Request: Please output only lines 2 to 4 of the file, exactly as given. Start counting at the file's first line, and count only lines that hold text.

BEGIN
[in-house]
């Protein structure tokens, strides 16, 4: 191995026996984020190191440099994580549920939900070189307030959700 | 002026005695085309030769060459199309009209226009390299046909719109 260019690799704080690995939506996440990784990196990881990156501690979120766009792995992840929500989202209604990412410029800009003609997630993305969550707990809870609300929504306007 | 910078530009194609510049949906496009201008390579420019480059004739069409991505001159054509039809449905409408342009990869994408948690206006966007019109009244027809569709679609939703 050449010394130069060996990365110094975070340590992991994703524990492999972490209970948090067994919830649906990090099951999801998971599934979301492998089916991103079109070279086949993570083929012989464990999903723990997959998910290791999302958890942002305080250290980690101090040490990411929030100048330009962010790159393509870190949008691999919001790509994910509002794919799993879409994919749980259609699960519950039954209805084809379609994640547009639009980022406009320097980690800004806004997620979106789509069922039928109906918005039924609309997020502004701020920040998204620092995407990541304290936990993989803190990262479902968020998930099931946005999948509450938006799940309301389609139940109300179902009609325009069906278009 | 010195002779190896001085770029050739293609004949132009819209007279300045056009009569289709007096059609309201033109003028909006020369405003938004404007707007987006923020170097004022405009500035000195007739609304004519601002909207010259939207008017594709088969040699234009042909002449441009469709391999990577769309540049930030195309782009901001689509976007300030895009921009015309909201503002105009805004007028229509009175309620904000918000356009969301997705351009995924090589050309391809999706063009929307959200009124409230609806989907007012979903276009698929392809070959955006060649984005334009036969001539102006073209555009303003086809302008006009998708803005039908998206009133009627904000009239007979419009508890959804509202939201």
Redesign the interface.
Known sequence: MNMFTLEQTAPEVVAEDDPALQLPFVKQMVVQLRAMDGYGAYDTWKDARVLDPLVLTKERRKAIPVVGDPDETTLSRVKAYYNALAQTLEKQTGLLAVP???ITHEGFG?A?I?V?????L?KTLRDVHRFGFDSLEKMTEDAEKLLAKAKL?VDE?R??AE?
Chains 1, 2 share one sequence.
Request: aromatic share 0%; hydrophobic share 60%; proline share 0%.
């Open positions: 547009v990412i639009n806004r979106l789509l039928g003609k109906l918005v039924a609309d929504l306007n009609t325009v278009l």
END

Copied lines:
């Protein structure tokens, strides 16, 4: 191995026996984020190191440099994580549920939900070189307030959700 | 002026005695085309030769060459199309009209226009390299046909719109 260019690799704080690995939506996440990784990196990881990156501690979120766009792995992840929500989202209604990412410029800009003609997630993305969550707990809870609300929504306007 | 910078530009194609510049949906496009201008390579420019480059004739069409991505001159054509039809449905409408342009990869994408948690206006966007019109009244027809569709679609939703 050449010394130069060996990365110094975070340590992991994703524990492999972490209970948090067994919830649906990090099951999801998971599934979301492998089916991103079109070279086949993570083929012989464990999903723990997959998910290791999302958890942002305080250290980690101090040490990411929030100048330009962010790159393509870190949008691999919001790509994910509002794919799993879409994919749980259609699960519950039954209805084809379609994640547009639009980022406009320097980690800004806004997620979106789509069922039928109906918005039924609309997020502004701020920040998204620092995407990541304290936990993989803190990262479902968020998930099931946005999948509450938006799940309301389609139940109300179902009609325009069906278009 | 010195002779190896001085770029050739293609004949132009819209007279300045056009009569289709007096059609309201033109003028909006020369405003938004404007707007987006923020170097004022405009500035000195007739609304004519601002909207010259939207008017594709088969040699234009042909002449441009469709391999990577769309540049930030195309782009901001689509976007300030895009921009015309909201503002105009805004007028229509009175309620904000918000356009969301997705351009995924090589050309391809999706063009929307959200009124409230609806989907007012979903276009698929392809070959955006060649984005334009036969001539102006073209555009303003086809302008006009998708803005039908998206009133009627904000009239007979419009508890959804509202939201």
Redesign the interface.
Known sequence: MNMFTLEQTAPEVVAEDDPALQLPFVKQMVVQLRAMDGYGAYDTWKDARVLDPLVLTKERRKAIPVVGDPDETTLSRVKAYYNALAQTLEKQTGLLAVP???ITHEGFG?A?I?V?????L?KTLRDVHRFGFDSLEKMTEDAEKLLAKAKL?VDE?R??AE?